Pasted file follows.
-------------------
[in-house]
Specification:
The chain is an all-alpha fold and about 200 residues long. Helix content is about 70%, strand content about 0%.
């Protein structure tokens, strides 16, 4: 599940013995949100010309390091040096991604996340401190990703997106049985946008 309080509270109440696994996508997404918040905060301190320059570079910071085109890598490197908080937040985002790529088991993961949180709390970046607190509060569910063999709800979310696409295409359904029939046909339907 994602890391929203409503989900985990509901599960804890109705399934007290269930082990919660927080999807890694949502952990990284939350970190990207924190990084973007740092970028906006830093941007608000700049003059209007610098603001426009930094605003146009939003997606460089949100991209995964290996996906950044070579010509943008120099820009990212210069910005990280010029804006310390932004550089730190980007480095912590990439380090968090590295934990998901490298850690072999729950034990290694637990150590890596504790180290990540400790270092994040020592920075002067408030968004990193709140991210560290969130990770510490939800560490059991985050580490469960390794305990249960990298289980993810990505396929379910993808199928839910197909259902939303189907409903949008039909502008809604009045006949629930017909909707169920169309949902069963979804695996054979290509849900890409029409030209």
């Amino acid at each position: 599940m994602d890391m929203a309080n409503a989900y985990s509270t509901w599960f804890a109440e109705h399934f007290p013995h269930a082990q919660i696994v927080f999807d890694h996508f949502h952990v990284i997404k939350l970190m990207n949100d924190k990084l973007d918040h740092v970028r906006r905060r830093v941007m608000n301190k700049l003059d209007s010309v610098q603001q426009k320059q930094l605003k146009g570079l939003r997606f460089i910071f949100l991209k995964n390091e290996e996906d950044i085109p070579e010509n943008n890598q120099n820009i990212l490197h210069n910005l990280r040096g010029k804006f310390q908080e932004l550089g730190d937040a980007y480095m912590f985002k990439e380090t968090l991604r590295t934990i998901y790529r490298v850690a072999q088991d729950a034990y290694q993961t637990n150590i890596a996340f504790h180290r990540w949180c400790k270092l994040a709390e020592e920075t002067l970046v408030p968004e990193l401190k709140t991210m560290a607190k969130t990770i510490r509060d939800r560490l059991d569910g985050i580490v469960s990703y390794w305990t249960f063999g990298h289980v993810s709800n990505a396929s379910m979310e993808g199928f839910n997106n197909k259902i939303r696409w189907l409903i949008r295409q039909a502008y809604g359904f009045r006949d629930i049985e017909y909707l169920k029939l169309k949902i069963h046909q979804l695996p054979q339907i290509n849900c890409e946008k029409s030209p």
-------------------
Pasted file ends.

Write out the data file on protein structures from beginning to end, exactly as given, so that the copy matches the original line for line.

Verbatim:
[in-house]
Specification:
The chain is an all-alpha fold and about 200 residues long. Helix content is about 70%, strand content about 0%.
């Protein structure tokens, strides 16, 4: 599940013995949100010309390091040096991604996340401190990703997106049985946008 309080509270109440696994996508997404918040905060301190320059570079910071085109890598490197908080937040985002790529088991993961949180709390970046607190509060569910063999709800979310696409295409359904029939046909339907 994602890391929203409503989900985990509901599960804890109705399934007290269930082990919660927080999807890694949502952990990284939350970190990207924190990084973007740092970028906006830093941007608000700049003059209007610098603001426009930094605003146009939003997606460089949100991209995964290996996906950044070579010509943008120099820009990212210069910005990280010029804006310390932004550089730190980007480095912590990439380090968090590295934990998901490298850690072999729950034990290694637990150590890596504790180290990540400790270092994040020592920075002067408030968004990193709140991210560290969130990770510490939800560490059991985050580490469960390794305990249960990298289980993810990505396929379910993808199928839910197909259902939303189907409903949008039909502008809604009045006949629930017909909707169920169309949902069963979804695996054979290509849900890409029409030209």
């Amino acid at each position: 599940m994602d890391m929203a309080n409503a989900y985990s509270t509901w599960f804890a109440e109705h399934f007290p013995h269930a082990q919660i696994v927080f999807d890694h996508f949502h952990v990284i997404k939350l970190m990207n949100d924190k990084l973007d918040h740092v970028r906006r905060r830093v941007m608000n301190k700049l003059d209007s010309v610098q603001q426009k320059q930094l605003k146009g570079l939003r997606f460089i910071f949100l991209k995964n390091e290996e996906d950044i085109p070579e010509n943008n890598q120099n820009i990212l490197h210069n910005l990280r040096g010029k804006f310390q908080e932004l550089g730190d937040a980007y480095m912590f985002k990439e380090t968090l991604r590295t934990i998901y790529r490298v850690a072999q088991d729950a034990y290694q993961t637990n150590i890596a996340f504790h180290r990540w949180c400790k270092l994040a709390e020592e920075t002067l970046v408030p968004e990193l401190k709140t991210m560290a607190k969130t990770i510490r509060d939800r560490l059991d569910g985050i580490v469960s990703y390794w305990t249960f063999g990298h289980v993810s709800n990505a396929s379910m979310e993808g199928f839910n997106n197909k259902i939303r696409w189907l409903i949008r295409q039909a502008y809604g359904f009045r006949d629930i049985e017909y909707l169920k029939l169309k949902i069963h046909q979804l695996p054979q339907i290509n849900c890409e946008k029409s030209p």